Polar bears gorged on whales to survive previous warm periods in the Arctic – but that won’t be enough in future, warns a new study.
When sea ice cover was low in past warm periods, researchers say that polar bears likely survived by scavenging on the carcasses of stranded whales.
They say that sustained the bears when they were largely restricted to land, unable to roam the ice in search of seals to hunt.
But the new study found that although dead whales are still valuable sources of fat and protein, it will not be enough to sustain most polar bears when the Arctic becomes ice-free in summers – forecast to occur by 2040 due to climate change.
Study lead author Associate Professor Kristin Laidre, a marine biologist at the University of Washington’s Polar Science Centre, said: “If the rate of sea ice loss and warming continues unmitigated, what is going to happen to polar bear habitat will exceed anything documented over the last million years.
“The extremely rapid pace of this change makes it almost impossible for us to use history to predict the future.”
She said polar bears need sea ice to survive because it is an essential platform for hunting seals, their main food source.
They travel over the ice, searching for breathing holes or seal birth dens.
When the ice breaks up in late spring, Dr Laidre said some polar bears will fast on land, waiting for the ice to re-form so they can resume hunting.
But polar bears are opportunistic feeders and have been seen in several locations eating the carcasses of whales that died at sea and washed ashore.
They can quickly eat and store large amounts of fat. In some cases, between 40 and 60 different polar bears have been observed feeding on large bowhead and gray whale carcasses and, in 2017, more than 180 bears were seen scavenging on a single dead bowhead whale.
Individual bears frequently return to the same carcass over multiple years, according to Dr Laidre
The researchers drew on years of observations in the field to assess the potential importance of whale carcasses and how they might help polar bears survive an ice-free Arctic.
They said it’s clear that polar bears persisted through low-ice interglacial periods in the past that resulted from naturally occurring climate cycles.
The researchers hypothesised that, to a significant degree, the bears likely survived by scavenging on whale carcasses, storing large amounts of fats when hunting seals was not an option.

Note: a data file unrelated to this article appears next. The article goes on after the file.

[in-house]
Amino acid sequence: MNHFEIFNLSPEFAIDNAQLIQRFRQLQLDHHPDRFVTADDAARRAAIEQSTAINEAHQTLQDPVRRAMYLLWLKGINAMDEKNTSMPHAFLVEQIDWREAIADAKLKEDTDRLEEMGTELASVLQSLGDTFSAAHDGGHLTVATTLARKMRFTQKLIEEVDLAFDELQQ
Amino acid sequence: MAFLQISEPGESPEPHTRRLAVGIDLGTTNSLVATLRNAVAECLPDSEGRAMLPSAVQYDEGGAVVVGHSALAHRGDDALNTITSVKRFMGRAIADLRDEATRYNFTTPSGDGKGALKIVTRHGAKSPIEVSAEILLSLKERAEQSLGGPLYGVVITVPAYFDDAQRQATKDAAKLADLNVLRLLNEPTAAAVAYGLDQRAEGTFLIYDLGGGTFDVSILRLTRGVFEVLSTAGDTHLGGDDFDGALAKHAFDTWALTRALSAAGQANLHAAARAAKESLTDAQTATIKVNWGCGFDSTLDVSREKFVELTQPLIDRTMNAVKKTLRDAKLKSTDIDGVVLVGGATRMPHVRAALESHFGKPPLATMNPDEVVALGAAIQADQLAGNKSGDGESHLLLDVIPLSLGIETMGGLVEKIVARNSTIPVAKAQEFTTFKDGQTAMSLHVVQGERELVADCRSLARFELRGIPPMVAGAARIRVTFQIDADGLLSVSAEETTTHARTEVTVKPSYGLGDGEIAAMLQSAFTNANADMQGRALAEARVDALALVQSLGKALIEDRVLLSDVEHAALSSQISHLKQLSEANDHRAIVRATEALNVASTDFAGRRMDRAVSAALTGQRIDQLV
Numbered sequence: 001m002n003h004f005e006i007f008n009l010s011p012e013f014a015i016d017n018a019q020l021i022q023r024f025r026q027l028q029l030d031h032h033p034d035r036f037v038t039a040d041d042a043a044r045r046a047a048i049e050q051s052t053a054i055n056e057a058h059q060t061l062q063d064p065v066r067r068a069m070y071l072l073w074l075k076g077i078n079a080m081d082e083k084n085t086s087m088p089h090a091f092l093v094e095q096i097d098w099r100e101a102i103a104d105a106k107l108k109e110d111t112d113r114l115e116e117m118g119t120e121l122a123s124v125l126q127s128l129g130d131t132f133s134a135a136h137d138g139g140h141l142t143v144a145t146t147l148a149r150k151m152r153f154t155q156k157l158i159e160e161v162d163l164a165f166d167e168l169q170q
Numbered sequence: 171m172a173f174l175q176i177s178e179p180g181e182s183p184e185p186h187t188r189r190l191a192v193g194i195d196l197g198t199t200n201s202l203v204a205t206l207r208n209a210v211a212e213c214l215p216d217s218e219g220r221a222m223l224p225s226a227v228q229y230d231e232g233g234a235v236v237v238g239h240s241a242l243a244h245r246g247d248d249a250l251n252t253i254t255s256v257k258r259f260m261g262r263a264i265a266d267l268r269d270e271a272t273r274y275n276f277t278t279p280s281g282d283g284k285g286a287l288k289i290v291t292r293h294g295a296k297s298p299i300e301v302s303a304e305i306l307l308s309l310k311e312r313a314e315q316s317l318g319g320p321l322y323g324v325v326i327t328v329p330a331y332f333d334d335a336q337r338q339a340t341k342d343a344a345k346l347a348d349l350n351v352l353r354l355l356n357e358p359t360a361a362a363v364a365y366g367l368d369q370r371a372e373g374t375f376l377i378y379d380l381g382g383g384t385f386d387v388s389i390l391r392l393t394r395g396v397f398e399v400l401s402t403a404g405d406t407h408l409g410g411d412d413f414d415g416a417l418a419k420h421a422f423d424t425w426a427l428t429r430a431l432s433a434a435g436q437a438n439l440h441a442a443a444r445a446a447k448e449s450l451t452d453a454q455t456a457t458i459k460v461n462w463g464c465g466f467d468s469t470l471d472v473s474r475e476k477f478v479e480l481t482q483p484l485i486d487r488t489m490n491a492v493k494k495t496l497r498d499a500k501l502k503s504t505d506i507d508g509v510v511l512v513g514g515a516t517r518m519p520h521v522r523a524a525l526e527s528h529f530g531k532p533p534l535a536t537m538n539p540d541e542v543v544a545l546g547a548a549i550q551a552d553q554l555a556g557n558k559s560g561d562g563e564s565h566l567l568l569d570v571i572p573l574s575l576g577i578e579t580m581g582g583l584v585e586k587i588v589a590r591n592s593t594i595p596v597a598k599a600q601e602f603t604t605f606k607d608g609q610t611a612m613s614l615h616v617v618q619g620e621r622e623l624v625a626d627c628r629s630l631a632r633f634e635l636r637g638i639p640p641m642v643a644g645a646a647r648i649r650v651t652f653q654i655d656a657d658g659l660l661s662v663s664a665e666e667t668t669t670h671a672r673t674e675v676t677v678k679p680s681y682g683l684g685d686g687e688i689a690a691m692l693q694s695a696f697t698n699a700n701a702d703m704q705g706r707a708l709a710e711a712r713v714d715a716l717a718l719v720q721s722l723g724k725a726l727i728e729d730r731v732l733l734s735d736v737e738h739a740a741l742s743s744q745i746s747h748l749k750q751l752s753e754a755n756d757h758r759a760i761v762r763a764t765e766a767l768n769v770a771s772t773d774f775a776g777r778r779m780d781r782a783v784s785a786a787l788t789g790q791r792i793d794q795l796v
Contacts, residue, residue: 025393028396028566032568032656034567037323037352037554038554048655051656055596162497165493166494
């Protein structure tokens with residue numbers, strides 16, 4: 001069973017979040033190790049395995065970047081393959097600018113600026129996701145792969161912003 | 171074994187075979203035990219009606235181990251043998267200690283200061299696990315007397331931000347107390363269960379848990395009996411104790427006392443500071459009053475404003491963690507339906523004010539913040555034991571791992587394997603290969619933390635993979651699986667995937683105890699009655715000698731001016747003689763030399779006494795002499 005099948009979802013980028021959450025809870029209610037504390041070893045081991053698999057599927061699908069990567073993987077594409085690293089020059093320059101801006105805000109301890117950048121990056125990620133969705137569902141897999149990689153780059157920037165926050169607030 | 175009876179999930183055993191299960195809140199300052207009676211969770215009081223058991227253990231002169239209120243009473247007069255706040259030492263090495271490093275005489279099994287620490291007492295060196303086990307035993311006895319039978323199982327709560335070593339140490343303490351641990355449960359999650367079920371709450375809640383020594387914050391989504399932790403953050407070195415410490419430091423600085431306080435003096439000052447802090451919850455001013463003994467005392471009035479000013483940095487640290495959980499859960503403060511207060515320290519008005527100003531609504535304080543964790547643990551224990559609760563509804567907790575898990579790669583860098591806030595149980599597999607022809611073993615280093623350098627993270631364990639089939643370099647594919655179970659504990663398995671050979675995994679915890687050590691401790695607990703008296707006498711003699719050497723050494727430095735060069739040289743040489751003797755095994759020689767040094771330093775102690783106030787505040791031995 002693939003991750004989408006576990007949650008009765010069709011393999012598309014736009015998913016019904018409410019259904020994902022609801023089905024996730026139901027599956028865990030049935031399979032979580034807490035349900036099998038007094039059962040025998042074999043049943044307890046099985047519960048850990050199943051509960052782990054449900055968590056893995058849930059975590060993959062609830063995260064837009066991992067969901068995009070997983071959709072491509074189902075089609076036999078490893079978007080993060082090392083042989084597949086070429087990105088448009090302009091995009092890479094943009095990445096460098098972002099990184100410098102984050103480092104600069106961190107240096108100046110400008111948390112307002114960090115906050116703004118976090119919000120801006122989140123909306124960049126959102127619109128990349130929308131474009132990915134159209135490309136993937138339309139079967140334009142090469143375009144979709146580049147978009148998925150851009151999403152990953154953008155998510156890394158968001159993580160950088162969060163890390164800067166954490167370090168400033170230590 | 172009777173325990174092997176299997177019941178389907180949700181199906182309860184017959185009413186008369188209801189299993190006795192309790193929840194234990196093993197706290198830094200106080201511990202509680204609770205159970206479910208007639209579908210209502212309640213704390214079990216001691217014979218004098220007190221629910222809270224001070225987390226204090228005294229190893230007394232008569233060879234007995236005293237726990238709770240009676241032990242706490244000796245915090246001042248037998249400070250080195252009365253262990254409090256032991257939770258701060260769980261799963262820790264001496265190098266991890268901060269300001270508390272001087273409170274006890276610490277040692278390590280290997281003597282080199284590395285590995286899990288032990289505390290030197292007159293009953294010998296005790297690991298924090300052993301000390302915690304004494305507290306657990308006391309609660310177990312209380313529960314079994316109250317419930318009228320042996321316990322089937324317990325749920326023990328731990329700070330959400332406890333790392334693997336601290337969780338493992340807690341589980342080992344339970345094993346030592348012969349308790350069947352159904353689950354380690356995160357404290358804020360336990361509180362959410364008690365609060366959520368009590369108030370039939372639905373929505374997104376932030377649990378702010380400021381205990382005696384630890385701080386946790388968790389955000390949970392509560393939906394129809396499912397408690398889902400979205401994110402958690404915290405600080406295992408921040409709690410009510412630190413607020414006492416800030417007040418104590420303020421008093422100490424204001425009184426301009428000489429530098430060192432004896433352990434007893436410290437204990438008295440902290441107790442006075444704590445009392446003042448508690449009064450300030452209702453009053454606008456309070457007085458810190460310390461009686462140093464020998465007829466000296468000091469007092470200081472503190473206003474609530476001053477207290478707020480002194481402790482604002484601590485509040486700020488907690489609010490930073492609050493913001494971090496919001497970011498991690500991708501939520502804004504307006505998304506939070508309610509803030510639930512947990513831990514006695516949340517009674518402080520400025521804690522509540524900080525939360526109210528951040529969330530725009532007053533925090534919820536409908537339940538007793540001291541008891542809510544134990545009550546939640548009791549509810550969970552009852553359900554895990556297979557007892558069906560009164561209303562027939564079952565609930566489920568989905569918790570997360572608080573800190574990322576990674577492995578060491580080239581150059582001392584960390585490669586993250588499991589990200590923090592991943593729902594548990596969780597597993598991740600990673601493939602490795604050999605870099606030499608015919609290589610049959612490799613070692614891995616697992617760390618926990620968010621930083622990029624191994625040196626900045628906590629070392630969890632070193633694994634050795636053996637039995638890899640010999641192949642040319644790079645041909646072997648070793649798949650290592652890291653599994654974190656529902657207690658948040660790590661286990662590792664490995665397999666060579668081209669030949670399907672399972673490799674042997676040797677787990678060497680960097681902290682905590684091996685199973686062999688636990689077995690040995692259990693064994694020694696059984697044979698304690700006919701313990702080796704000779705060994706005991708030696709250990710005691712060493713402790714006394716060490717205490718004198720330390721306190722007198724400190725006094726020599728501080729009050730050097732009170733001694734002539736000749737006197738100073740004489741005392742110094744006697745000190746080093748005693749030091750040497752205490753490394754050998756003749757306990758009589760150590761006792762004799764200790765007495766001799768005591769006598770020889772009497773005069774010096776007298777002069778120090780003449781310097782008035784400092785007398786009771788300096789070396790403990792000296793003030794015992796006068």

Co-author Professor Ian Stirling, who has studied polar bears for 45 years, said: “I think this is likely one of the most probable explanations for how polar bears made it through previous warm interglacial periods.
“But when we look at the situation now, ecologically, with respect to food sources, it’s a very different picture.
“The potential of whale carcasses to bail bears out may still be important in a few areas but, quite simply, their overall availability is going to be substantially less than before humans invaded the Arctic.”
The researchers wanted to determine whether enough large whales dying and washing ashore each year could replace seals as a food source for polar bears in some areas.
They first calculated how much blubber and meat an average population of 1,000 polar bears would need as a food source each year.
Then, they looked at the abundance of gray and bowhead whale populations – focusing on the coasts of Chukotka and Alaska – and estimated the number of potential strandings, factoring in that about 10 per cent of whales that die will float to the surface, and only some of those end up on land that is accessible to bears.
Their analysis, published online by the journal Frontiers in Ecology and the Environment, found that during ice-free summer months, a hypothetical population of 1,000 polar bears would need to eat about eight whales.
And during the springtime feast when bears eat more, about 20 whales would be needed to satisfy the same 1,000 bears.
In the Chukchi Sea, long-term data collected in Russia indicate that enough whales die and float to shore each year to potentially meet the need.
But feeding on dead whales, while possibly critical in historical times, seems unlikely to help most polar bears survive a rapidly warming Arctic.
The Arctic is home to 19 subpopulations of polar bears, but not every region sees large whales strand and die as regularly as the Chukchi Sea.
And, although whale carcasses likely helped polar bears survive in past low-ice periods, the researchers said that the Arctic landscape has changed drastically since then.
They said present-day whale populations are much smaller due to previous human exploitation, and recent human activity in the region – such as shipping, coastal communities and offshore industrial activity – can further impact polar bears, whales, and the ability of bears to make use of whale carcasses.
Dr Laidre added: “Scavenging on large whale carcasses is probably important for bears in some areas and may buffer them from sea ice loss.
“However, carcasses of large whales are not expected to replace seals as nutritional resources as we move towards an ice-free Arctic.
“In most regions, the environmental changes are too large and the whale carcasses are too few.”